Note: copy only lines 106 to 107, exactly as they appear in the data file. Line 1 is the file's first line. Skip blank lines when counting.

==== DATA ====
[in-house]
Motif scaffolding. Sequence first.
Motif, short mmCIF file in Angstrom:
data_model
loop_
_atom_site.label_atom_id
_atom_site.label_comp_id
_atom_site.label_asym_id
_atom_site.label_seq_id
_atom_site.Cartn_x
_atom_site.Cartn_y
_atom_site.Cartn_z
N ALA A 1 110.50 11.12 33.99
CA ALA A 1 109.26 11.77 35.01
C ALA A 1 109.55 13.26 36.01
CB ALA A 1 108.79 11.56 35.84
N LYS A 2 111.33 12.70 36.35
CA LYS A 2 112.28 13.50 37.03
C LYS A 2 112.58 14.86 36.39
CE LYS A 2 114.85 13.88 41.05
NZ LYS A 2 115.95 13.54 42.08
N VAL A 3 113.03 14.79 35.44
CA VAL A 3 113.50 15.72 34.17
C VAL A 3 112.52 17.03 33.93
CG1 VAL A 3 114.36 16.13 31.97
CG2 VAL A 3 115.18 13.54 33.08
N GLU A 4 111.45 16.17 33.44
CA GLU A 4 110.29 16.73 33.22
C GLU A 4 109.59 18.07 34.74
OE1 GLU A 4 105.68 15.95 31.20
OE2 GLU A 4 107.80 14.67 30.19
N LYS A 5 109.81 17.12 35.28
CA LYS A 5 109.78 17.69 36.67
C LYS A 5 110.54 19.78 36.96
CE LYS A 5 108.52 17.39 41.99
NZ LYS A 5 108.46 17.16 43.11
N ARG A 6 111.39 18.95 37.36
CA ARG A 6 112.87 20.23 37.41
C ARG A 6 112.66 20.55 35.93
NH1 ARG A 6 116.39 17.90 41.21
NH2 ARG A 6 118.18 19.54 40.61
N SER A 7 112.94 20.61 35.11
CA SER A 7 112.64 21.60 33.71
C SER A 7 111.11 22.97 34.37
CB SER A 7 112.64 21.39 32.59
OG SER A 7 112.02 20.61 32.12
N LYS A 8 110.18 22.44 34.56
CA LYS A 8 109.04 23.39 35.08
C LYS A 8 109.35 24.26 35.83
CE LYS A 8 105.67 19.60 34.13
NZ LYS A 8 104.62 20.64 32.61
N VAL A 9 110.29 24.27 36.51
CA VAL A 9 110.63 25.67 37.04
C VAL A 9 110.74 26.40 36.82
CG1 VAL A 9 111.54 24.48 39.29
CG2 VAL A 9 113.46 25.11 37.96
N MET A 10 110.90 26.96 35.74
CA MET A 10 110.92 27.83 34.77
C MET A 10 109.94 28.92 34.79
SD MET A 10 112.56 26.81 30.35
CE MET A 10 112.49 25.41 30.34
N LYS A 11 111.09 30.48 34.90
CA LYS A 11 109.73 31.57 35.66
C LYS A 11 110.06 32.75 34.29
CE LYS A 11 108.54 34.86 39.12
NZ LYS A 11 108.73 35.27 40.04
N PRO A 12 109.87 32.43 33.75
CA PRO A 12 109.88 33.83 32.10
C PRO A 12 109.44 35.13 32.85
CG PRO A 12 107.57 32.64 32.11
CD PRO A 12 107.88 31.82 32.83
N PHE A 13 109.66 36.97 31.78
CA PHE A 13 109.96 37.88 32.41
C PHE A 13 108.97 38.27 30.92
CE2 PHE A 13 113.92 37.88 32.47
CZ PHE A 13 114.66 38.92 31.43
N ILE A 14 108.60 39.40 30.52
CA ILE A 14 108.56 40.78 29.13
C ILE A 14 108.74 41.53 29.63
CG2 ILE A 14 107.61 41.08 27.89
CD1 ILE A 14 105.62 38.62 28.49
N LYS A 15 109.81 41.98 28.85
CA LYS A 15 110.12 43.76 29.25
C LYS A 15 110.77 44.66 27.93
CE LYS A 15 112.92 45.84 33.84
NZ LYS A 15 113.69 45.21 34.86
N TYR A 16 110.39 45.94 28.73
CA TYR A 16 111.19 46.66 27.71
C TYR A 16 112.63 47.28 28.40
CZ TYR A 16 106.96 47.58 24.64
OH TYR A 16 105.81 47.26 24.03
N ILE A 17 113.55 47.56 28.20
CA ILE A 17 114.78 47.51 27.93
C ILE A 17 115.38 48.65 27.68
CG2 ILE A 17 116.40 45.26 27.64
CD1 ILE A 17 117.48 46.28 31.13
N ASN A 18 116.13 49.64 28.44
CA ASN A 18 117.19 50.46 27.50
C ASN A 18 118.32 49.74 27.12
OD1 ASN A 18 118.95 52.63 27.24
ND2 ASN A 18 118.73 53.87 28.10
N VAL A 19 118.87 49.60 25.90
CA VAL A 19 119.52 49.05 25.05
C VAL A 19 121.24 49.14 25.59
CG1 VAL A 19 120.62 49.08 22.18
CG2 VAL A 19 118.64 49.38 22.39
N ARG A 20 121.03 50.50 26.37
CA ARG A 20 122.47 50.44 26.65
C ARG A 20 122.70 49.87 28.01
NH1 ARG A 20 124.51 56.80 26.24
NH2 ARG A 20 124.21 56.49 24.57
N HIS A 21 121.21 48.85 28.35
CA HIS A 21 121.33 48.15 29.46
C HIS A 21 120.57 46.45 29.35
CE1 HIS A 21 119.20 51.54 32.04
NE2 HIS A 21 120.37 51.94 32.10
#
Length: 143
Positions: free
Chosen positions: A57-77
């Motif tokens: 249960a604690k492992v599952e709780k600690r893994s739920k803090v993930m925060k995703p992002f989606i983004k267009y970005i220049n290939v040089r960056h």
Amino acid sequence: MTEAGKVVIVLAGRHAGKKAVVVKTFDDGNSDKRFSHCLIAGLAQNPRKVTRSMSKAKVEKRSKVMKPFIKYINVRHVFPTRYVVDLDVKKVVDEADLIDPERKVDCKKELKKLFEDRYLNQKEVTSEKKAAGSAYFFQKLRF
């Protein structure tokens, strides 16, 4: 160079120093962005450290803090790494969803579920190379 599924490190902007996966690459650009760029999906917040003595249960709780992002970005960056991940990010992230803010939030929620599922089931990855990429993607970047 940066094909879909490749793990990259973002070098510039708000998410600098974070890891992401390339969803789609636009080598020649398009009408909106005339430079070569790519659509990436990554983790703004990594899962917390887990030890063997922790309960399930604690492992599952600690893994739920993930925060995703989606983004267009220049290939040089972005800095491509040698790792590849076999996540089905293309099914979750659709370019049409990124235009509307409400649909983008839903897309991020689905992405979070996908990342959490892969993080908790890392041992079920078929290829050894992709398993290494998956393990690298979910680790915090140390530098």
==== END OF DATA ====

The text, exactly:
CG2 VAL A 19 118.64 49.38 22.39
N ARG A 20 121.03 50.50 26.37